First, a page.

it renders its driver temporarily car-less
Friday, June 2 2023
location: unit #4, 201 North Madison Street, Staunton, Virginia
Fridays are pretty quiet in the remote workplace, and after the morning standup, I usually don't have anything specific I need to do. I made myself another bagel sandwich featuring guacamole, crunchy lettuce, red onion, and a faux chicken patty. And then I gradually started getting all my stuff together so I could check out of my AirBnB before 11:00am.
I decided to leave a key to a safety deposit key I'd found in the clutter of my childhood home at Creekside for Joy Tarder to pick up. There's supposedly a safety deposit box at the bank formerly known as Planters Bank, and if we're lucky it will have Don's birth certificate in it. Don didn't answer the door when I knocked, so I hid the key somewhere for Joy Tarder to find.
The next phase of my Virginia trip was to take place in Charlottesville, and, since there is no ElectrifyAmerica charger near there, I needed to do a lot of charging at the Staunton Walmart before I drove over the Blue Ridge. Initially the plan was to start charging and then find a place in the Walmart where I could sit with my laptop and maybe get some things done. But Walmart is not set up for hanging out, at least not he Staunton one. It has an indoor restaurant, but it's a Subway that doesn't even serve coffee. For people waiting for their car to charge out in the parking lot, nothing whatsoever has been provided to cater to their presumably expensive tastes and the time they have to kill. So I walked down the hill from the Walmart. It wasn't easy, as I had to cross two roadways feeding the Walmart parking lot and descend a grassy slope that was steep enough to make it treacherous Why provide steps? Nobody the landscape designers thought about would do anything but drive to and from the Walmart. But the thing about charging a car, no matter how expensive, is that it renders its driver temporarily car-less.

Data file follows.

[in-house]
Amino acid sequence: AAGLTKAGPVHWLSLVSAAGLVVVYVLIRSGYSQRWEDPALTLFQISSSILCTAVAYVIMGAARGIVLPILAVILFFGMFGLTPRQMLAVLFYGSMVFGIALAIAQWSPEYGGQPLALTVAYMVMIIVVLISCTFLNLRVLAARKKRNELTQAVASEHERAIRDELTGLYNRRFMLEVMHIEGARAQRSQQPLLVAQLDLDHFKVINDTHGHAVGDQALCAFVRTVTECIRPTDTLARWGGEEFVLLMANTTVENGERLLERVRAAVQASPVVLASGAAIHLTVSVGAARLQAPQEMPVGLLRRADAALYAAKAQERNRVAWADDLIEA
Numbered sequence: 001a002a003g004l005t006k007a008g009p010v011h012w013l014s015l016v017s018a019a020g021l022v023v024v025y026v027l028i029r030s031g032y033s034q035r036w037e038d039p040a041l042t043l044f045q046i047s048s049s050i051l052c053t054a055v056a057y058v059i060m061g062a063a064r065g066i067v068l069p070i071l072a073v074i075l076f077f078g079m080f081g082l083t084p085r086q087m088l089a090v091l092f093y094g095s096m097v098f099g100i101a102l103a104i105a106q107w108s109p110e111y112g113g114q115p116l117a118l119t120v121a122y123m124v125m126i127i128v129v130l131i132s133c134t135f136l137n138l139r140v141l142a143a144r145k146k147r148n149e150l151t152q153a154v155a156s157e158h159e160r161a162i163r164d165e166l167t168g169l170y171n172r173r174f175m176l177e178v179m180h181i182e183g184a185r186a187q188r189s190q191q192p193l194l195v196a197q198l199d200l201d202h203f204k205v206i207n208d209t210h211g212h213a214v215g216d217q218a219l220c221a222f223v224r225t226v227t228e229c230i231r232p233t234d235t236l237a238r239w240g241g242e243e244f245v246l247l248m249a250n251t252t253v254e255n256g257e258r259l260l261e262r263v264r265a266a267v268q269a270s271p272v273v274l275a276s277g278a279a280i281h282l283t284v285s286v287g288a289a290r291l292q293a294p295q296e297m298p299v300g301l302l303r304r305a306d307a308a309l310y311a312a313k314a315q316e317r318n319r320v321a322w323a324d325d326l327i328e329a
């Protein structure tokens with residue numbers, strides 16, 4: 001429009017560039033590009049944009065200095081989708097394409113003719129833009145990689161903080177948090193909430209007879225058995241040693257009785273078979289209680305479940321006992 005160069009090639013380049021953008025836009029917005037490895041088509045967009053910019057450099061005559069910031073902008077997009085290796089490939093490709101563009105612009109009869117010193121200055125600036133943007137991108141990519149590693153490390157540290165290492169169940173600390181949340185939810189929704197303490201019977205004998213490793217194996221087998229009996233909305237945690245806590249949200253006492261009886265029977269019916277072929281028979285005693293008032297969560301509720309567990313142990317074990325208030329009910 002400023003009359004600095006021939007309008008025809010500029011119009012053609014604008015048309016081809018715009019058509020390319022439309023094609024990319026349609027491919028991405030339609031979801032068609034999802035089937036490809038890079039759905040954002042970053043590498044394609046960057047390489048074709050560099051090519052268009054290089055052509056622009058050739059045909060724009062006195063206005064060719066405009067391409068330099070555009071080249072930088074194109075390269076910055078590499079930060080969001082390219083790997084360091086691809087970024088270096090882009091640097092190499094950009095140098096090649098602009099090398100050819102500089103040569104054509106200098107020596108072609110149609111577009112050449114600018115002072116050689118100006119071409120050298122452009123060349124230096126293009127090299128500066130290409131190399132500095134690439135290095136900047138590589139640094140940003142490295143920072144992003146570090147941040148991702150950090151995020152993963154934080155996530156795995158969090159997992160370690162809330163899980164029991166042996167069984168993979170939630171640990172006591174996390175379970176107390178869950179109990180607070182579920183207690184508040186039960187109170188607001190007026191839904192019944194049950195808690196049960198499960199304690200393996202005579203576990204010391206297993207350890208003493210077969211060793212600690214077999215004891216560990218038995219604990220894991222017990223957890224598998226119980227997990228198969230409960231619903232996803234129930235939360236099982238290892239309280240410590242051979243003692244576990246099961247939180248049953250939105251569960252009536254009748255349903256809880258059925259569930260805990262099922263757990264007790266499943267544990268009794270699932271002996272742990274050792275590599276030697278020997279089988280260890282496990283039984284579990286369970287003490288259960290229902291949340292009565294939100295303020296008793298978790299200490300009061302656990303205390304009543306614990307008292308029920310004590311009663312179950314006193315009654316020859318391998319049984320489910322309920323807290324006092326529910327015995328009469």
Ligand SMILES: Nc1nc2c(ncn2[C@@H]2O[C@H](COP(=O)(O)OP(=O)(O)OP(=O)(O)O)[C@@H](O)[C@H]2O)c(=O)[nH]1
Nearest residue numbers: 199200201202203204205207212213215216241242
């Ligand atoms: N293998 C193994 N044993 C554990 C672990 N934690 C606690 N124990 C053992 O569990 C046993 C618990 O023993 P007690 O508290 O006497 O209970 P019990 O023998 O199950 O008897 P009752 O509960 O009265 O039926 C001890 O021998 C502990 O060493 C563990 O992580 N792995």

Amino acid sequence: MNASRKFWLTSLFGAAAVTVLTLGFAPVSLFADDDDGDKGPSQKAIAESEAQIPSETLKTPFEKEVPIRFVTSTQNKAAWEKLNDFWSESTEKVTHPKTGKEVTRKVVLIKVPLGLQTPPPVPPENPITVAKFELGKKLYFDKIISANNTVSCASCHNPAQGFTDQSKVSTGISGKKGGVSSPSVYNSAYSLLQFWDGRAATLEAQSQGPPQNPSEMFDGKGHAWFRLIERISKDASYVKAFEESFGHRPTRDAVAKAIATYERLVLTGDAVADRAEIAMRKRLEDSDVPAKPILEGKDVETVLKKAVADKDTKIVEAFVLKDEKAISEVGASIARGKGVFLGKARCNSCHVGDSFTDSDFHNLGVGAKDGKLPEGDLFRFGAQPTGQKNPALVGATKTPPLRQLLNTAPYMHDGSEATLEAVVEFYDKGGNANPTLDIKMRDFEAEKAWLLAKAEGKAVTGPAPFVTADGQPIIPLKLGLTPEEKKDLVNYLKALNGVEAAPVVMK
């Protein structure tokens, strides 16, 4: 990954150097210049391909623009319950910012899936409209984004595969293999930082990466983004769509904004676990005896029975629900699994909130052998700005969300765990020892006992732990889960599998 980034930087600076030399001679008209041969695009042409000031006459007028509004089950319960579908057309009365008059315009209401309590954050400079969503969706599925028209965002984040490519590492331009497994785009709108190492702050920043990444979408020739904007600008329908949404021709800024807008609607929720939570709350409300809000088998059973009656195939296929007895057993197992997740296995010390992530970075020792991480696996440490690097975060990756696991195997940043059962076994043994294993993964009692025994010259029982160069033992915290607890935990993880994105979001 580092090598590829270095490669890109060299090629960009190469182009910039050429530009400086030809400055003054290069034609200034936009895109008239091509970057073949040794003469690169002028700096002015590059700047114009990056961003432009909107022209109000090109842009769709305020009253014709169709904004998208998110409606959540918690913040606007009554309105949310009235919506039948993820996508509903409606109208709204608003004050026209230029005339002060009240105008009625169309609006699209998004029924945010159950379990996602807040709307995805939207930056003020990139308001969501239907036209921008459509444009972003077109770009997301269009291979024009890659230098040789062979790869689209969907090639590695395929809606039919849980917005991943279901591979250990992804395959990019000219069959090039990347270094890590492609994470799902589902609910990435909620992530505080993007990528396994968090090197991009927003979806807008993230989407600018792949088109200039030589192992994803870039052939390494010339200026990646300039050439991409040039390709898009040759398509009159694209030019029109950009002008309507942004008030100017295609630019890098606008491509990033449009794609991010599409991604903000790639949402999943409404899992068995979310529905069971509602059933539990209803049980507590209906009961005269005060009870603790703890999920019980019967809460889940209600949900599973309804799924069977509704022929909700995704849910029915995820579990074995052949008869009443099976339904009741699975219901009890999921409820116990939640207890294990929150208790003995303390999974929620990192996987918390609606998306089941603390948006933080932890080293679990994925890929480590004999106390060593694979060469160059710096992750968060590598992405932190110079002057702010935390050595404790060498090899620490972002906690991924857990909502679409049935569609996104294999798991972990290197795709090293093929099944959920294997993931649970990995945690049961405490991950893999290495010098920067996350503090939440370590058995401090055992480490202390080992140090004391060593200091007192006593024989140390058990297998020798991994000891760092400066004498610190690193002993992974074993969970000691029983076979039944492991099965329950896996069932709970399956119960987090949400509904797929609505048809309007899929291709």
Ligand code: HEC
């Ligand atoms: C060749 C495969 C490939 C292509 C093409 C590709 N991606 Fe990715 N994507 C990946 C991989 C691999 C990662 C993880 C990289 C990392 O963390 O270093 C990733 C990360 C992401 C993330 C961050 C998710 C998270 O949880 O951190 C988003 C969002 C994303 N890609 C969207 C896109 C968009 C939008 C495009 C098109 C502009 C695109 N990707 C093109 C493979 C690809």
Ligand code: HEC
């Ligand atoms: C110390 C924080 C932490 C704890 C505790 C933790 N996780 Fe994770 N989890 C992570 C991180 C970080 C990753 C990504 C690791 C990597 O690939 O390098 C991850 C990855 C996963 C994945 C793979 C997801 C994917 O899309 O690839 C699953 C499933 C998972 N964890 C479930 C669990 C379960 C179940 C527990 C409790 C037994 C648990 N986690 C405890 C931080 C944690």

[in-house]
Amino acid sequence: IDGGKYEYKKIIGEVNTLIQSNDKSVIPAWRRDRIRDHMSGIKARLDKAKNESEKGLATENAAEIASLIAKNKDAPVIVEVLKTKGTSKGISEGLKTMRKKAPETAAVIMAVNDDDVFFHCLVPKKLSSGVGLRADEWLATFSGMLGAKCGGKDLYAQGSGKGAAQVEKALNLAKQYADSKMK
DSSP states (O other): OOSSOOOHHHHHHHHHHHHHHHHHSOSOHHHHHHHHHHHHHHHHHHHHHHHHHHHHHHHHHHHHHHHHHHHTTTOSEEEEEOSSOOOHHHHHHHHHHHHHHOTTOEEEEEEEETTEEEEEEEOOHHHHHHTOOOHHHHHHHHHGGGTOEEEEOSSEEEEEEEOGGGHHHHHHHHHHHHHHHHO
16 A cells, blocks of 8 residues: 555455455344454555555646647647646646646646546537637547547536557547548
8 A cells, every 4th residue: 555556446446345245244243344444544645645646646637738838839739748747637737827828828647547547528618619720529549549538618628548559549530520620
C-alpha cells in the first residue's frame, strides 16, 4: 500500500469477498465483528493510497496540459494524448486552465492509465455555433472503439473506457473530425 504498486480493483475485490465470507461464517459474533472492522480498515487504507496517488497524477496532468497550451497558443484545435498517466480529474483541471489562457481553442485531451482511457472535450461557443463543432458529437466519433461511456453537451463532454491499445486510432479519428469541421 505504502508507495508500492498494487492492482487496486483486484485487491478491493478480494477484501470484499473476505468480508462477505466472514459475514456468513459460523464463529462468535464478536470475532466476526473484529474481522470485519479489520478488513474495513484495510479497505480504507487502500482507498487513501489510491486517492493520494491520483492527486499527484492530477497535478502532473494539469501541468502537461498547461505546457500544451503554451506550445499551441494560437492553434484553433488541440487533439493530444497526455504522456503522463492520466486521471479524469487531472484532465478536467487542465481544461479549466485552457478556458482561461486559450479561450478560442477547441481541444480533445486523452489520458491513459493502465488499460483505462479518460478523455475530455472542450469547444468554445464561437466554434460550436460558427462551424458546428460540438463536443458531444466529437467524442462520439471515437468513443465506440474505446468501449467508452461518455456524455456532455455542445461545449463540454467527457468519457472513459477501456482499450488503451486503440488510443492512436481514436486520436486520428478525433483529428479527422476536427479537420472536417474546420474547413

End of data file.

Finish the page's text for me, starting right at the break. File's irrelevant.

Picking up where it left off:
Fortunately for me (and other ElectrifyAmerica customers) there is a Dunkin Donut on US 250 just below the Walmart. It's not a terrible place to sit with a laptop and an oat milk latte, though it doesn't seem to have WiFi. While I was there, several youngish parents with little kids came through and bought whatever that demographic likes to buy at a Dunkin Donut. I should mention that I ordered hash browns with my latte, and a couple of them were still cold on the inside, not having spent enough time in the oven.
I would be basing this second Charlottesville trip from Jessika's house on Ridge Street. So I stopped on the way to get some provisions from the Food Lion on 5th Street. It's a fairly ghetto grocery store by Charlottesville standards, but it had cherries and a flavor of kombucha I'd never seen before.